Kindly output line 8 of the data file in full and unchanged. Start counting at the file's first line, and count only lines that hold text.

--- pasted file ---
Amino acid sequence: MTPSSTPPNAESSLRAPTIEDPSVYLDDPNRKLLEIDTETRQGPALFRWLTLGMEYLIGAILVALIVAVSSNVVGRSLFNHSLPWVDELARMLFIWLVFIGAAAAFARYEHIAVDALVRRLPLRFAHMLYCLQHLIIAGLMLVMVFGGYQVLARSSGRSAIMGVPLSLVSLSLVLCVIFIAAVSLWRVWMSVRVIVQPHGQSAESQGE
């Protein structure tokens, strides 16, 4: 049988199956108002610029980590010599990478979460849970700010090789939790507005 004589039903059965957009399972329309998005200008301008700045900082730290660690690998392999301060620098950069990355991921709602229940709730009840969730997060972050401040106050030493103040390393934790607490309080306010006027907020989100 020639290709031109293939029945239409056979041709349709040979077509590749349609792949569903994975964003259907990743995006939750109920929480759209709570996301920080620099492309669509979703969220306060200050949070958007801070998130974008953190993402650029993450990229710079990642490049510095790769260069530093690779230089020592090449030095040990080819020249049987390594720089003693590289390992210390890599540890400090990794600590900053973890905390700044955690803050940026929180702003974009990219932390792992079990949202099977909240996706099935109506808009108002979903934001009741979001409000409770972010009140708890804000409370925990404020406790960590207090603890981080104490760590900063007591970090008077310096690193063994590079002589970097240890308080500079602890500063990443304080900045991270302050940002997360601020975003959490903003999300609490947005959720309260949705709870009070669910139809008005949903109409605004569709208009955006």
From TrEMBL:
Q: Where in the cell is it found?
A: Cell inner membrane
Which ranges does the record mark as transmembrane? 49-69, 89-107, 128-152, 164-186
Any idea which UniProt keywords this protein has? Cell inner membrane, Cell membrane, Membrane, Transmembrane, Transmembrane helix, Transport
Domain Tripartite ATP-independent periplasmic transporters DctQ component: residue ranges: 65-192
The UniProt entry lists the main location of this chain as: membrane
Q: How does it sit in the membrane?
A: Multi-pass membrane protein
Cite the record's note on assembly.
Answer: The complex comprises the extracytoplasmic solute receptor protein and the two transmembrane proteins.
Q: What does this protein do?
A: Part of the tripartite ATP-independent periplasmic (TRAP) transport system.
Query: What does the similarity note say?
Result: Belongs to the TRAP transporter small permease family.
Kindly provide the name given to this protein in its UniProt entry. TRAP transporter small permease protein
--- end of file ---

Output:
Domain Tripartite ATP-independent periplasmic transporters DctQ component: residue ranges: 65-192